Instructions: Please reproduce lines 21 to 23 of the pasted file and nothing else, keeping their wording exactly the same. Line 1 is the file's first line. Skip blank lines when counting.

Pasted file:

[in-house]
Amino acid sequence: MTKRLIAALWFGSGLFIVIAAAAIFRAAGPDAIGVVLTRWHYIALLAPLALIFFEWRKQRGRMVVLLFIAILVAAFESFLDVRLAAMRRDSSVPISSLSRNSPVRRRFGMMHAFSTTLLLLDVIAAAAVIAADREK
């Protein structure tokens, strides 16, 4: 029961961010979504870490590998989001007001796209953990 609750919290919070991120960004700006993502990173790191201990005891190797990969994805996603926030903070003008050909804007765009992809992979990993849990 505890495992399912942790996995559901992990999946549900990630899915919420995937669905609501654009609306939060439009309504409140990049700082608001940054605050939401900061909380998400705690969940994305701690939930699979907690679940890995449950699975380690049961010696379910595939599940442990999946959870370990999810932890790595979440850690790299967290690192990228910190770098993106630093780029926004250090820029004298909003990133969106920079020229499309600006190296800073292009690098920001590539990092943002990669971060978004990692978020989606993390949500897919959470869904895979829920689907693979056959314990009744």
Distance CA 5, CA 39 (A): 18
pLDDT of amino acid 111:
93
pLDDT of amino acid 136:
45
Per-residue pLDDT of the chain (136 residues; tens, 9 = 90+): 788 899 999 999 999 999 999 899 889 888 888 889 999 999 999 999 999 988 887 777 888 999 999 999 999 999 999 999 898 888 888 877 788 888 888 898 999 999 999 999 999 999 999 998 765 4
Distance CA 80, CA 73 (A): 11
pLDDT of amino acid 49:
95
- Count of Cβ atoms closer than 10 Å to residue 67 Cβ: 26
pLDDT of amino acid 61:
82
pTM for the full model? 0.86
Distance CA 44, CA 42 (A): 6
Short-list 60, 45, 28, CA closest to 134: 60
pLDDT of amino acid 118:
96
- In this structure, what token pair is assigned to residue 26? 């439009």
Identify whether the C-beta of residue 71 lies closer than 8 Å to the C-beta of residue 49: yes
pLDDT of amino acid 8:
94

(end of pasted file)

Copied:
- In this structure, what token pair is assigned to residue 26? 């439009």
Identify whether the C-beta of residue 71 lies closer than 8 Å to the C-beta of residue 49: yes
pLDDT of amino acid 8: